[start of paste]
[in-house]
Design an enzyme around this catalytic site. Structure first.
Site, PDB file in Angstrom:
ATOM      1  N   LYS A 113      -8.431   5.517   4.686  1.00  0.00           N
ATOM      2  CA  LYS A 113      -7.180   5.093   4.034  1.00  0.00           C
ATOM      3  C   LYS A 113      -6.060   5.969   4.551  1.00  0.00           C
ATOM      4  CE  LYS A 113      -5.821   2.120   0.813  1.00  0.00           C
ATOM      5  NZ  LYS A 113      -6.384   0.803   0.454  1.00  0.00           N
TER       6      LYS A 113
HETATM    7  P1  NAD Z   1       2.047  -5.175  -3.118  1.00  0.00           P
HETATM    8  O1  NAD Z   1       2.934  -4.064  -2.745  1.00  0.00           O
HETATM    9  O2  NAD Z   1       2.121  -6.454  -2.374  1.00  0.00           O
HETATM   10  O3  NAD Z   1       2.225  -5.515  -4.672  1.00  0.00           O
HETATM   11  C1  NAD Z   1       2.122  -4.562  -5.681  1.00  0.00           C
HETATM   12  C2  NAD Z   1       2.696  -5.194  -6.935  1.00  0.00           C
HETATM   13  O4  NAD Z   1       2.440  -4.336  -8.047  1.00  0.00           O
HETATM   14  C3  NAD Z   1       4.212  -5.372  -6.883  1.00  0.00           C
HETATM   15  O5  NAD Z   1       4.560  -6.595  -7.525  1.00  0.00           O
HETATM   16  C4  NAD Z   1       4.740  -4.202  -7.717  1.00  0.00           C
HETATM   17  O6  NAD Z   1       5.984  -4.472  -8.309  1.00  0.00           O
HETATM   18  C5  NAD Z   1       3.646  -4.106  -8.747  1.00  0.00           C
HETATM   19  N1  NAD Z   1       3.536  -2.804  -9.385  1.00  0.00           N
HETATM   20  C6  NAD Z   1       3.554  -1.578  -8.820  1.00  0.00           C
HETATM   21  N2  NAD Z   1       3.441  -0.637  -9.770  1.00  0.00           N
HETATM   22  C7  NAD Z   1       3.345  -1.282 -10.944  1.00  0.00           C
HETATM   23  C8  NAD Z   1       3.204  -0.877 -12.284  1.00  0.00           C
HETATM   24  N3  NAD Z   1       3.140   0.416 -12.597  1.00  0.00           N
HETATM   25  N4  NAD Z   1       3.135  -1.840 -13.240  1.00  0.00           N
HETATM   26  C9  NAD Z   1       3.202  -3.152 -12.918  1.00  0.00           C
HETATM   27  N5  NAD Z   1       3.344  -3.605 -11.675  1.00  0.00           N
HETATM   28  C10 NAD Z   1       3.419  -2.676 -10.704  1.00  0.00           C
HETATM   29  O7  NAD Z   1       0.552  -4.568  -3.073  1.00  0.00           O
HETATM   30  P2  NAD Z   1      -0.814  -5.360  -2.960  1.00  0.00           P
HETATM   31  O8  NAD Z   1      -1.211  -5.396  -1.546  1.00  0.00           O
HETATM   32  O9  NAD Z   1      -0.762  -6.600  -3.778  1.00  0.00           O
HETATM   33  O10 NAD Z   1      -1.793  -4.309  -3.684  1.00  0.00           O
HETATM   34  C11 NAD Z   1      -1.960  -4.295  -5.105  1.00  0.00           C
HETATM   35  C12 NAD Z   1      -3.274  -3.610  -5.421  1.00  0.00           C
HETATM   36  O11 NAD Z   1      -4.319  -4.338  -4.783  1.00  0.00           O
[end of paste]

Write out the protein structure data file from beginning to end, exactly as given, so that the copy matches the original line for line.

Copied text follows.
[in-house]
Design an enzyme around this catalytic site. Structure first.
Site, PDB file in Angstrom:
ATOM      1  N   LYS A 113      -8.431   5.517   4.686  1.00  0.00           N
ATOM      2  CA  LYS A 113      -7.180   5.093   4.034  1.00  0.00           C
ATOM      3  C   LYS A 113      -6.060   5.969   4.551  1.00  0.00           C
ATOM      4  CE  LYS A 113      -5.821   2.120   0.813  1.00  0.00           C
ATOM      5  NZ  LYS A 113      -6.384   0.803   0.454  1.00  0.00           N
TER       6      LYS A 113
HETATM    7  P1  NAD Z   1       2.047  -5.175  -3.118  1.00  0.00           P
HETATM    8  O1  NAD Z   1       2.934  -4.064  -2.745  1.00  0.00           O
HETATM    9  O2  NAD Z   1       2.121  -6.454  -2.374  1.00  0.00           O
HETATM   10  O3  NAD Z   1       2.225  -5.515  -4.672  1.00  0.00           O
HETATM   11  C1  NAD Z   1       2.122  -4.562  -5.681  1.00  0.00           C
HETATM   12  C2  NAD Z   1       2.696  -5.194  -6.935  1.00  0.00           C
HETATM   13  O4  NAD Z   1       2.440  -4.336  -8.047  1.00  0.00           O
HETATM   14  C3  NAD Z   1       4.212  -5.372  -6.883  1.00  0.00           C
HETATM   15  O5  NAD Z   1       4.560  -6.595  -7.525  1.00  0.00           O
HETATM   16  C4  NAD Z   1       4.740  -4.202  -7.717  1.00  0.00           C
HETATM   17  O6  NAD Z   1       5.984  -4.472  -8.309  1.00  0.00           O
HETATM   18  C5  NAD Z   1       3.646  -4.106  -8.747  1.00  0.00           C
HETATM   19  N1  NAD Z   1       3.536  -2.804  -9.385  1.00  0.00           N
HETATM   20  C6  NAD Z   1       3.554  -1.578  -8.820  1.00  0.00           C
HETATM   21  N2  NAD Z   1       3.441  -0.637  -9.770  1.00  0.00           N
HETATM   22  C7  NAD Z   1       3.345  -1.282 -10.944  1.00  0.00           C
HETATM   23  C8  NAD Z   1       3.204  -0.877 -12.284  1.00  0.00           C
HETATM   24  N3  NAD Z   1       3.140   0.416 -12.597  1.00  0.00           N
HETATM   25  N4  NAD Z   1       3.135  -1.840 -13.240  1.00  0.00           N
HETATM   26  C9  NAD Z   1       3.202  -3.152 -12.918  1.00  0.00           C
HETATM   27  N5  NAD Z   1       3.344  -3.605 -11.675  1.00  0.00           N
HETATM   28  C10 NAD Z   1       3.419  -2.676 -10.704  1.00  0.00           C
HETATM   29  O7  NAD Z   1       0.552  -4.568  -3.073  1.00  0.00           O
HETATM   30  P2  NAD Z   1      -0.814  -5.360  -2.960  1.00  0.00           P
HETATM   31  O8  NAD Z   1      -1.211  -5.396  -1.546  1.00  0.00           O
HETATM   32  O9  NAD Z   1      -0.762  -6.600  -3.778  1.00  0.00           O
HETATM   33  O10 NAD Z   1      -1.793  -4.309  -3.684  1.00  0.00           O
HETATM   34  C11 NAD Z   1      -1.960  -4.295  -5.105  1.00  0.00           C
HETATM   35  C12 NAD Z   1      -3.274  -3.610  -5.421  1.00  0.00           C
HETATM   36  O11 NAD Z   1      -4.319  -4.338  -4.783  1.00  0.00           O